Trap Up!

Trap rodents around the home to help reduce the rodent population

Person baiting a snap trap with peanut butter

Baiting a snap trap with peanut butter.

Choose an appropriate snap trap. Traps for catching mice are different from those for catching rats. Carefully read the instructions before setting the trap.

When setting the trap, place a small amount of peanut butter (approximately the size of a pea) on the bait pan of the snap trap. Position the bait end of the trap next to the wall so it forms a “T” with the wall. Rodents prefer to run next to walls or other objects for safety and do not like being out in the open.

In attics, basements, and crawlspaces and other areas that do not have regular human traffic, set traps in any area where there is evidence of frequent rodent activity. Some rodents, particularly rats, are very cautious and several days may pass before they approach the traps. Other rodents, such as house mice and deer mice, are less cautious and may be trapped more quickly.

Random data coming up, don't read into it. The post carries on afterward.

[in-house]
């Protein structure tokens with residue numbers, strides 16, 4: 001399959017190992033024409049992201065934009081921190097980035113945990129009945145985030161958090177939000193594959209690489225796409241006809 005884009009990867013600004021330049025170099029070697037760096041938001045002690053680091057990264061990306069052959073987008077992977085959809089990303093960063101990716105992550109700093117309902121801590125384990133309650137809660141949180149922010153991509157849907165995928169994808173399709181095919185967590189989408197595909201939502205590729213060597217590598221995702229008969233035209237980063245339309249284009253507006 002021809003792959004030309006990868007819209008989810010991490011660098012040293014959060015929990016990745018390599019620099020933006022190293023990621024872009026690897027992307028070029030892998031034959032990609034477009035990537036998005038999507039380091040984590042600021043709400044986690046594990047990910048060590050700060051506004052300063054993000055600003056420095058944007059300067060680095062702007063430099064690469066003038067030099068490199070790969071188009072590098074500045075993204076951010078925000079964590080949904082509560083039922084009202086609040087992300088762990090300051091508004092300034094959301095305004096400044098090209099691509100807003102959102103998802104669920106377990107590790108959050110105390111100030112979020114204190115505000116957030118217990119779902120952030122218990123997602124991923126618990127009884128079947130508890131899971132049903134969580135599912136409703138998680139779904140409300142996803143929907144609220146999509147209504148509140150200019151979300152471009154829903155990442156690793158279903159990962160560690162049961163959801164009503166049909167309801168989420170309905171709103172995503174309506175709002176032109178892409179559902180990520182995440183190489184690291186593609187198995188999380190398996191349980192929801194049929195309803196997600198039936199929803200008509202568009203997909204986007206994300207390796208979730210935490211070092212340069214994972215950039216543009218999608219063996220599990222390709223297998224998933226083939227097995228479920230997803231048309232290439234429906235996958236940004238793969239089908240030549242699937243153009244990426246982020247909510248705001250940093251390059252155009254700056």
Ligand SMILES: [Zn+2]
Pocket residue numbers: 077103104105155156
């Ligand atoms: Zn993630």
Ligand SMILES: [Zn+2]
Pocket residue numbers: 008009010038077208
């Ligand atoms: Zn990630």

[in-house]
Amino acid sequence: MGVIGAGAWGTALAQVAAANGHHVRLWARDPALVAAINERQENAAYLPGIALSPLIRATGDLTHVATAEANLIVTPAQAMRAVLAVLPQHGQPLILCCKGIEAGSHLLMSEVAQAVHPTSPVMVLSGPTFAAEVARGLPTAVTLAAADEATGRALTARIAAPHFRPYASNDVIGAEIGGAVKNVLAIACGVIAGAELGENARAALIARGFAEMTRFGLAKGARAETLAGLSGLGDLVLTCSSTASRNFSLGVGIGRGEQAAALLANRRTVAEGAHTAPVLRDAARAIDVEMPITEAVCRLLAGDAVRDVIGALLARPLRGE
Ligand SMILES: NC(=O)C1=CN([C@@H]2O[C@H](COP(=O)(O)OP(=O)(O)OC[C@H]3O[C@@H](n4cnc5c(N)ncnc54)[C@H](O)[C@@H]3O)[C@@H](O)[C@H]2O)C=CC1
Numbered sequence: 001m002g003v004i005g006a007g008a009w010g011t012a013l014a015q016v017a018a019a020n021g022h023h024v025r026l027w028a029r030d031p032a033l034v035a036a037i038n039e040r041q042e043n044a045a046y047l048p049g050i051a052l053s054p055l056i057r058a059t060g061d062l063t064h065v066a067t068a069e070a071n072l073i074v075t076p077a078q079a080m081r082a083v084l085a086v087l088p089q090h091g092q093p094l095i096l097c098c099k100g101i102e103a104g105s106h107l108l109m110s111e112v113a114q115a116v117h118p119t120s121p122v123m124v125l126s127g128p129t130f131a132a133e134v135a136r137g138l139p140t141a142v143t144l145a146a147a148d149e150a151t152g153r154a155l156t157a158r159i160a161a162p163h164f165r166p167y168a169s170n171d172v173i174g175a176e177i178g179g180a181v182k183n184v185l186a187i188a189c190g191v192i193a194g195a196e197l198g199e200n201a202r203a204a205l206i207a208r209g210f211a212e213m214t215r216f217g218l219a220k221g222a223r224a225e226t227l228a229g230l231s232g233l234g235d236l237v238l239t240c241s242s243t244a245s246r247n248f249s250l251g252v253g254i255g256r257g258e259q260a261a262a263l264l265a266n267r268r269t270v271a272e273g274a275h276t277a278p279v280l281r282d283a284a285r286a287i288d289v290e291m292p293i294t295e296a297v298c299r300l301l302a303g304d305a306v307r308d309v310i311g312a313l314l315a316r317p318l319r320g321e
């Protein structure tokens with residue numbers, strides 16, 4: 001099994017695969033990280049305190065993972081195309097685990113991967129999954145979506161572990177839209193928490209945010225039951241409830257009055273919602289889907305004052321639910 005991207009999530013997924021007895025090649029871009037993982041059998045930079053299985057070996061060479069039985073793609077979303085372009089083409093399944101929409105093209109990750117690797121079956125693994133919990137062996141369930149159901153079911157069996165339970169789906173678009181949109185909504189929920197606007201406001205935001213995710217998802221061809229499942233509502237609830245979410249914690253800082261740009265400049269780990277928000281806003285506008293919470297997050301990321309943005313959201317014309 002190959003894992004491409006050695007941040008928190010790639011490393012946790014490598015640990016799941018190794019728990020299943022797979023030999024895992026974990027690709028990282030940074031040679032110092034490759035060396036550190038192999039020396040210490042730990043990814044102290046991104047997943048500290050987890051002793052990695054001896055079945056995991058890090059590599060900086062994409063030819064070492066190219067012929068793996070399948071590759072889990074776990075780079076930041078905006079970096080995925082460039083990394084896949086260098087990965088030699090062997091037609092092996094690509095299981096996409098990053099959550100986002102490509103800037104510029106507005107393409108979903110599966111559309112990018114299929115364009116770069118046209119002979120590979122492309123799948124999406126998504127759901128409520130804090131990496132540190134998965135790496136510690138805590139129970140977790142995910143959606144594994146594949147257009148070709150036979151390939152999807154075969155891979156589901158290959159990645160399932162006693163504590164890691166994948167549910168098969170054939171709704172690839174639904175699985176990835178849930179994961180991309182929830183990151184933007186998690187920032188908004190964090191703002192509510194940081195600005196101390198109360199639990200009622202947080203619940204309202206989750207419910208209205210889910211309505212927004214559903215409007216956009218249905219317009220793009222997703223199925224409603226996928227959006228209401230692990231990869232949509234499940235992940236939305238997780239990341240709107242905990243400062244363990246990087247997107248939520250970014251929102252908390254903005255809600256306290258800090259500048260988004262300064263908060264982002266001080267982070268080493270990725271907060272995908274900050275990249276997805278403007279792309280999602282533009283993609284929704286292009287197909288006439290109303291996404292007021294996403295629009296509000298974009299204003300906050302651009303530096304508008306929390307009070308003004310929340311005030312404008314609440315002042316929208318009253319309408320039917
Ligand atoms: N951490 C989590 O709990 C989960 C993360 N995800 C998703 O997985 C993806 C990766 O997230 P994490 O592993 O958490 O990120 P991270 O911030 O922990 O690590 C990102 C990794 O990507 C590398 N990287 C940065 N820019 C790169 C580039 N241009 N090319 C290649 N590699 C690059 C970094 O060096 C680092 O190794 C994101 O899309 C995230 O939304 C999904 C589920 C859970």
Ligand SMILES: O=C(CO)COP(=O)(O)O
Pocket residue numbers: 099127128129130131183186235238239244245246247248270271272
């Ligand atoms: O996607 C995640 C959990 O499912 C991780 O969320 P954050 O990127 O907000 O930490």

Person positioning a snap trap so it forms a

Positioning a snap trap so it forms a "T" with the wall.

We do not recommend using glue traps or live traps. These traps can scare mice that are caught live and cause them to urinate. Since their urine may contain germs, this may increase your risk of being exposed to diseases.

Also place traps in outbuildings and in areas that might likely serve as rodent shelters. Natural rodent predators, such as non-poisonous snakes, owls, and hawks, may also help control and reduce the number of rodents outside the home.

If you trap inside your home, but do not seal up rodent entry holes, new rodents will enter the dwelling. For information on how to seal up holes inside and outside the home, please see the Seal Up! page.